# get yesterday's data
    ward_inf_previous = workspace.output_rate_previous

    # get today's data
    ward_inf_tot = workspace.ward_inf_tot

    # calculate and write the difference between the two to files for
    # each disease stage...
    for i in range(0, workspace.n_inf_classes):
        FILE = output_dir.open(f"rate_{i}.csv")


        # loop over the data for each ward and write the
        # difference to the file
        for old, new in zip(ward_inf_previous[i], ward_inf_tot[i]):
            FILE.write("," + str(new - old))


    # save today's data so that it can be used tomorrow
    workspace.output_rate_previous = deepcopy(ward_inf_tot)

def extract_rate(**kwargs):
    funcs = extract_default(**kwargs)
    return funcs

This extractor looks a little more complex, but it builds on what you have seen before. It defines output_rate, which if the function that will output the rates, and extract_rate which returns all of the functions from extract_default, plus your new output_rate function.

The first job of output_rate is to determine if it has been called on the first day of the model. If it has, then there is no previous data from “yesterday” that can be used to calculate the rate. The function detects if this is the case by checking for a new custom attribute that will be under the control of this function. We will call this attribute output_rate_previous, so to minimise the risk of a name collision. If this attribute doesn’t exist, then we must be on the first day. We this save today’s data so that it can be used tomorrow.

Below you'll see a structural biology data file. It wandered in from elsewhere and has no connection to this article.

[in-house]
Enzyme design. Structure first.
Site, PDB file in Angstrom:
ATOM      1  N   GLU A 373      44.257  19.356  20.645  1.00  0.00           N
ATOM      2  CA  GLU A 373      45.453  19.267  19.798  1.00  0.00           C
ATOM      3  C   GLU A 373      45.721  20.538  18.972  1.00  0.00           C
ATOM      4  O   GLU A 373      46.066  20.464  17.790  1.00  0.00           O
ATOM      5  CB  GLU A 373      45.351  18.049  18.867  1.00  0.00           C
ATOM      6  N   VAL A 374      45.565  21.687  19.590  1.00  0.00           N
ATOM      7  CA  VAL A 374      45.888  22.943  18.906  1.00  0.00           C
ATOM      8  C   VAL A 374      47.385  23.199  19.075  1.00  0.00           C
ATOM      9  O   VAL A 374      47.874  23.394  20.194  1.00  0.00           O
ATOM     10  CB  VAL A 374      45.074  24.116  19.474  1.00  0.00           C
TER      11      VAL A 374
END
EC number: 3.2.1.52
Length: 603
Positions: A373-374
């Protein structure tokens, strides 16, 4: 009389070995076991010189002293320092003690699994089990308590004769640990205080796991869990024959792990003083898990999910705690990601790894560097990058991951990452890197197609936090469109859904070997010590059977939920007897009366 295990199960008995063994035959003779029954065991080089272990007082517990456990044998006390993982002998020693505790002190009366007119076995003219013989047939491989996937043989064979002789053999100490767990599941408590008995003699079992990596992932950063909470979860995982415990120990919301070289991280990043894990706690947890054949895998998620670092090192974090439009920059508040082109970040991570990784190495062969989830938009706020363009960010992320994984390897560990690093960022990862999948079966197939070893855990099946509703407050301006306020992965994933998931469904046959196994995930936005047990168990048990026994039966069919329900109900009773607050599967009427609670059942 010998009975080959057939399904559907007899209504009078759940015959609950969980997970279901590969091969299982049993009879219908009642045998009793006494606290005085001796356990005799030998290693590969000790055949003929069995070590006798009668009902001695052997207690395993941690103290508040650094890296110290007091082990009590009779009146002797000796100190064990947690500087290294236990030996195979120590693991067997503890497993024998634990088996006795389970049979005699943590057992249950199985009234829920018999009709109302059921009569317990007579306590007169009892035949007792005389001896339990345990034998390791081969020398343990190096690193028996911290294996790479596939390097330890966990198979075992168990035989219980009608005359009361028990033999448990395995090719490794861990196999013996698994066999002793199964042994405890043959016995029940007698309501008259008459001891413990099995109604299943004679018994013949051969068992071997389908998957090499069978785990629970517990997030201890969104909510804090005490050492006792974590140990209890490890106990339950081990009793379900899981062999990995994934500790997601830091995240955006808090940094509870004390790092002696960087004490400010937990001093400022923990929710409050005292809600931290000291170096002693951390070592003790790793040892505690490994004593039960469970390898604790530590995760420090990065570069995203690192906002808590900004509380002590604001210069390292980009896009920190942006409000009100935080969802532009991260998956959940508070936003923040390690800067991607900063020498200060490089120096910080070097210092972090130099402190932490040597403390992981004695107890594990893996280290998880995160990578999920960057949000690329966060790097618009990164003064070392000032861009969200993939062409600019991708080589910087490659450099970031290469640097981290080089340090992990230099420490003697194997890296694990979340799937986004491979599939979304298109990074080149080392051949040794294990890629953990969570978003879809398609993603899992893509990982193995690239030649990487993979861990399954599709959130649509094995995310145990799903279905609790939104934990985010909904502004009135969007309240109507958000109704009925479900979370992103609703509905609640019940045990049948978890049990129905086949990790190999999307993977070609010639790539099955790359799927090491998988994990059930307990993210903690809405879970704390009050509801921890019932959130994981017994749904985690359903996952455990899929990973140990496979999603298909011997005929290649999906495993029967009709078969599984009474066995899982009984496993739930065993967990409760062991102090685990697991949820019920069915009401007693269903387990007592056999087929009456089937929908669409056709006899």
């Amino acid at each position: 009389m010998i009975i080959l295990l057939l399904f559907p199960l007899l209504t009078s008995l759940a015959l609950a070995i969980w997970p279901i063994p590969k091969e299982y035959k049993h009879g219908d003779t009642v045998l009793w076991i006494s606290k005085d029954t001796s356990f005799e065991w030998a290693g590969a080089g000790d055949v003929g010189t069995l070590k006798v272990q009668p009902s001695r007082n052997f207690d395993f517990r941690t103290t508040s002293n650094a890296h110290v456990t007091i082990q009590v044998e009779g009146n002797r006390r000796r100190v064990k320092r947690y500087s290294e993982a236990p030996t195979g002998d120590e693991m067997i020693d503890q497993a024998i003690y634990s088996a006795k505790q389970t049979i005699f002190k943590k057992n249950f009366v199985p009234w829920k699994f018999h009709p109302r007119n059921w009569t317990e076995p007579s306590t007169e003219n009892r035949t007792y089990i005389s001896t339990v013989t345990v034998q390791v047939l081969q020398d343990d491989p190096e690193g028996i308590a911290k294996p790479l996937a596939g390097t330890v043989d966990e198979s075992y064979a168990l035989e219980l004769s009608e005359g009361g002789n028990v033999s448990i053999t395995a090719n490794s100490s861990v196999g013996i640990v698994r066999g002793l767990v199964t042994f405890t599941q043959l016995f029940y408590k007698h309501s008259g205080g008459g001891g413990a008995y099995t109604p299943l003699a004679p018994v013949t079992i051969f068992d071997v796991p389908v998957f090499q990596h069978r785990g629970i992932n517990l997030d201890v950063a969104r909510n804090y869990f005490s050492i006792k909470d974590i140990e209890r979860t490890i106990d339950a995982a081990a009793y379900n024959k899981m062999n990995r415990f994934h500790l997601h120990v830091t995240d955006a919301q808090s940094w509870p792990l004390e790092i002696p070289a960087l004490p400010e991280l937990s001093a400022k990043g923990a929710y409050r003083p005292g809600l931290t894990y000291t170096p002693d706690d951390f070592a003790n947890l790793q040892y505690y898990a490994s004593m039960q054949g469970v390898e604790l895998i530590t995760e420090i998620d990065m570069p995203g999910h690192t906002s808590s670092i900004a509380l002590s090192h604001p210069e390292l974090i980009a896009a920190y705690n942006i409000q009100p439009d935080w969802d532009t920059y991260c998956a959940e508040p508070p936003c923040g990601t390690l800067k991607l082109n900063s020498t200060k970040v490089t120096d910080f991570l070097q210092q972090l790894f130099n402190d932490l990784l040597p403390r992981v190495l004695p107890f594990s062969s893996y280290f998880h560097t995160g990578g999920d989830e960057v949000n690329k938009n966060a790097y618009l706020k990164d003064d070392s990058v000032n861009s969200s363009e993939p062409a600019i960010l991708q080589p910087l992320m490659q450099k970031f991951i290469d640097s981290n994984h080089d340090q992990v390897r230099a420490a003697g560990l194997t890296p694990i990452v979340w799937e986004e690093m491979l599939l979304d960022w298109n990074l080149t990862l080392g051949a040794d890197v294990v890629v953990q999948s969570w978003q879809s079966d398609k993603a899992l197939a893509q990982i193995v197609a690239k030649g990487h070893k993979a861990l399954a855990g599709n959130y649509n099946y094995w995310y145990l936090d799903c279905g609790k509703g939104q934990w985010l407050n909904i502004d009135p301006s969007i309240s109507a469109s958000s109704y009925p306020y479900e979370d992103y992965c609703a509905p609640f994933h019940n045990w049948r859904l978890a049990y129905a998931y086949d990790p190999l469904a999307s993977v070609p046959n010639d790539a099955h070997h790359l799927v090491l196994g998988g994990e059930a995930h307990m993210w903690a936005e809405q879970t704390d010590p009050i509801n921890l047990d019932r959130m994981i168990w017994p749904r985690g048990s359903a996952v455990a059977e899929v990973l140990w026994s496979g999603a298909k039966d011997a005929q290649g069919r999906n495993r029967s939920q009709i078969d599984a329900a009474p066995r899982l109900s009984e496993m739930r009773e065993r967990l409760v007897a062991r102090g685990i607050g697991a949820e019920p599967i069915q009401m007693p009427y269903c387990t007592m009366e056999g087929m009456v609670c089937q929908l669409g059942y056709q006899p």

If the attribute does exist, then we can calculate a rate. We do that by getting yesterday’s data from output_rate_previous and todays data from workspace.ward_inf_tot. We then loop over all of the disease stages, and open an output file for each stage (called rate_{i}.csv). We then write into this file the day, then the difference between today’s and yesterday’s population in ward, for this ith disease stage.

Finally, we save today’s data into workspace.output_rate_previous, so that it can be used tomorrow as yesterday’s data.

Run this extractor in metawards using;

metawards -d lurgy3 --extract extract_rate -a ExtraSeedsLondon.dat --nsteps 30

(again, we are limiting this to 30 steps just for demonstration reasons)

You should see that you have files rate_0.csv.bz2, rate_1.csv.bz2 etc. now created in the output directory. If you look at these files you should see that they contain the differences between the populations in each ward for each disease stage between each day.

Writing to a database